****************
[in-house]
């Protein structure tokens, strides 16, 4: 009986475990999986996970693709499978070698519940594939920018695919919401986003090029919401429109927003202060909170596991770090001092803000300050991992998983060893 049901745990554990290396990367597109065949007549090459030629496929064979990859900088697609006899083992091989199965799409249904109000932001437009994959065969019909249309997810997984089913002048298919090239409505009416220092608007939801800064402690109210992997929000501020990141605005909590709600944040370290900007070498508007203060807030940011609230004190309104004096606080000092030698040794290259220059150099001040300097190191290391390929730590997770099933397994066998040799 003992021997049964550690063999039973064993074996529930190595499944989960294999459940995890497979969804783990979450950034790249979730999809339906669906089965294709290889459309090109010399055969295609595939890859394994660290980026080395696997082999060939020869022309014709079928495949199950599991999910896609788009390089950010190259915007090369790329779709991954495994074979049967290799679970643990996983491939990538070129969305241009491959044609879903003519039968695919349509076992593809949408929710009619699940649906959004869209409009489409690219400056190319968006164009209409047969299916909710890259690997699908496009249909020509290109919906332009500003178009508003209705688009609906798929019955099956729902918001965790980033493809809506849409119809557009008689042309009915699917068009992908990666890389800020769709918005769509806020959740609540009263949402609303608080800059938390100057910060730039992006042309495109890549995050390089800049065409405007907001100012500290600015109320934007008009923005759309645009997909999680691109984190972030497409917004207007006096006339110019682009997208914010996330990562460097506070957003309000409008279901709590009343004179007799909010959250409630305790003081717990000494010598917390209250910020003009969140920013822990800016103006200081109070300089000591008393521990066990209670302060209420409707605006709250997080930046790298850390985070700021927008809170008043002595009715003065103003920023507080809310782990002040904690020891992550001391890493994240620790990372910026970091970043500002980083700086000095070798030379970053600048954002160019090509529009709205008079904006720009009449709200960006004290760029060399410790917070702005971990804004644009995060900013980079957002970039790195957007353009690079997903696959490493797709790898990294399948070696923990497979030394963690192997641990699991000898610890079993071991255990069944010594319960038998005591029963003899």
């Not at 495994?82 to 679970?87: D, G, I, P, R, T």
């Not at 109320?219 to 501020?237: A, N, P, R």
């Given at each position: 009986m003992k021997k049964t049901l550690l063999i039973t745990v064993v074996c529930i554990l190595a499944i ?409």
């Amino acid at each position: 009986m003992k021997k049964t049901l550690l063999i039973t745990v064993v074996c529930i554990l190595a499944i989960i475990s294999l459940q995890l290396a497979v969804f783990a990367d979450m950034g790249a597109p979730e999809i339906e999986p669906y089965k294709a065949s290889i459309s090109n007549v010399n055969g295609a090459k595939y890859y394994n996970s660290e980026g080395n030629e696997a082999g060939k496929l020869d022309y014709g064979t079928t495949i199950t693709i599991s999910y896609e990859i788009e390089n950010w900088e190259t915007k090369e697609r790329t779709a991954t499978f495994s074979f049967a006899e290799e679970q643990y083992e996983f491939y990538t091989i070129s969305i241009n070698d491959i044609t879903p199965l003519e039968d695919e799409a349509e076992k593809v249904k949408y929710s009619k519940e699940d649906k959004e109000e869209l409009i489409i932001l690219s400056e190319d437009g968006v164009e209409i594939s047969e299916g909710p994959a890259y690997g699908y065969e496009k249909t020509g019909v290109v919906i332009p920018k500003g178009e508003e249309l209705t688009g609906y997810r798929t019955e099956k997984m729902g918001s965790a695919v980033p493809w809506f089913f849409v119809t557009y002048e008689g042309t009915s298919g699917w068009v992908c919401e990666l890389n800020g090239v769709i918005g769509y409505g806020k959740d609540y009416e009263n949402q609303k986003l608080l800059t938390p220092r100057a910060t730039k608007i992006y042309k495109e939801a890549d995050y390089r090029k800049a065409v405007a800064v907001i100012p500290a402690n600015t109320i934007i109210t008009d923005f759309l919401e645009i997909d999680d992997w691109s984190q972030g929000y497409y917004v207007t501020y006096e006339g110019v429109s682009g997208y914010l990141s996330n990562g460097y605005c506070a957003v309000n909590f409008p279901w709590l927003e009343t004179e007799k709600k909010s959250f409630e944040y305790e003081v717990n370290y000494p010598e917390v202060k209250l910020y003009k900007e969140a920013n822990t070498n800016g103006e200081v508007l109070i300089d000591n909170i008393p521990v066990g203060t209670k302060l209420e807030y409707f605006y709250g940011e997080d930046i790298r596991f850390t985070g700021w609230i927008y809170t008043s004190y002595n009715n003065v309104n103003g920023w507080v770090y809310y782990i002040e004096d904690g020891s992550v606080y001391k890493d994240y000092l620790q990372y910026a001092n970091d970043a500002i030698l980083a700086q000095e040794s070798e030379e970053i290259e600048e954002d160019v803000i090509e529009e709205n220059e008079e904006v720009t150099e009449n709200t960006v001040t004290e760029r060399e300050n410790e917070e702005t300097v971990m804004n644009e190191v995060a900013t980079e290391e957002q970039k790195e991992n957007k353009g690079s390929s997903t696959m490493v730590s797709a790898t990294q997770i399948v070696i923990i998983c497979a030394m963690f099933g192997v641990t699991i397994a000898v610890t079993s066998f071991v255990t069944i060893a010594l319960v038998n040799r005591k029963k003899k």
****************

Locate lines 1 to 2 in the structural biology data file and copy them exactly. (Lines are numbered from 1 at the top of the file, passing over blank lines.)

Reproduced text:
[in-house]
């Protein structure tokens, strides 16, 4: 009986475990999986996970693709499978070698519940594939920018695919919401986003090029919401429109927003202060909170596991770090001092803000300050991992998983060893 049901745990554990290396990367597109065949007549090459030629496929064979990859900088697609006899083992091989199965799409249904109000932001437009994959065969019909249309997810997984089913002048298919090239409505009416220092608007939801800064402690109210992997929000501020990141605005909590709600944040370290900007070498508007203060807030940011609230004190309104004096606080000092030698040794290259220059150099001040300097190191290391390929730590997770099933397994066998040799 003992021997049964550690063999039973064993074996529930190595499944989960294999459940995890497979969804783990979450950034790249979730999809339906669906089965294709290889459309090109010399055969295609595939890859394994660290980026080395696997082999060939020869022309014709079928495949199950599991999910896609788009390089950010190259915007090369790329779709991954495994074979049967290799679970643990996983491939990538070129969305241009491959044609879903003519039968695919349509076992593809949408929710009619699940649906959004869209409009489409690219400056190319968006164009209409047969299916909710890259690997699908496009249909020509290109919906332009500003178009508003209705688009609906798929019955099956729902918001965790980033493809809506849409119809557009008689042309009915699917068009992908990666890389800020769709918005769509806020959740609540009263949402609303608080800059938390100057910060730039992006042309495109890549995050390089800049065409405007907001100012500290600015109320934007008009923005759309645009997909999680691109984190972030497409917004207007006096006339110019682009997208914010996330990562460097506070957003309000409008279901709590009343004179007799909010959250409630305790003081717990000494010598917390209250910020003009969140920013822990800016103006200081109070300089000591008393521990066990209670302060209420409707605006709250997080930046790298850390985070700021927008809170008043002595009715003065103003920023507080809310782990002040904690020891992550001391890493994240620790990372910026970091970043500002980083700086000095070798030379970053600048954002160019090509529009709205008079904006720009009449709200960006004290760029060399410790917070702005971990804004644009995060900013980079957002970039790195957007353009690079997903696959490493797709790898990294399948070696923990497979030394963690192997641990699991000898610890079993071991255990069944010594319960038998005591029963003899």